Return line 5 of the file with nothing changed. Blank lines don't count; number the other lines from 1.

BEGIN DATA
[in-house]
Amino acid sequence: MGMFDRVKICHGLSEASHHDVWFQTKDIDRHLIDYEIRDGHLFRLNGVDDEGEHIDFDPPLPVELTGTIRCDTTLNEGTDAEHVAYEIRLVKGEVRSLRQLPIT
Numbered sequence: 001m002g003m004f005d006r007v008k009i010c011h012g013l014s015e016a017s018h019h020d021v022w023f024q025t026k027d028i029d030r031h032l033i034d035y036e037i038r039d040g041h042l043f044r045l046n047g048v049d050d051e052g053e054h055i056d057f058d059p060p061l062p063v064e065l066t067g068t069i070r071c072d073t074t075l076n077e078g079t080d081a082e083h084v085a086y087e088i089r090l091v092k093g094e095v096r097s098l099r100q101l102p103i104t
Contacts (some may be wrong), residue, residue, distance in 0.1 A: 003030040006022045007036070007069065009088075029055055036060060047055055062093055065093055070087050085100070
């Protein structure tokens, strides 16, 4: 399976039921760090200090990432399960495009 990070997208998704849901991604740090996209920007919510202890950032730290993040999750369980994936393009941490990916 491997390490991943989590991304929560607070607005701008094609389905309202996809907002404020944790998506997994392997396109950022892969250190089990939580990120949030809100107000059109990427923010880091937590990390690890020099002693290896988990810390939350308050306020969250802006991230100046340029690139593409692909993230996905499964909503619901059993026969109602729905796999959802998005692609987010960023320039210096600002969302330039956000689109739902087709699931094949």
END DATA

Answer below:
């Protein structure tokens, strides 16, 4: 399976039921760090200090990432399960495009 990070997208998704849901991604740090996209920007919510202890950032730290993040999750369980994936393009941490990916 491997390490991943989590991304929560607070607005701008094609389905309202996809907002404020944790998506997994392997396109950022892969250190089990939580990120949030809100107000059109990427923010880091937590990390690890020099002693290896988990810390939350308050306020969250802006991230100046340029690139593409692909993230996905499964909503619901059993026969109602729905796999959802998005692609987010960023320039210096600002969302330039956000689109739902087709699931094949």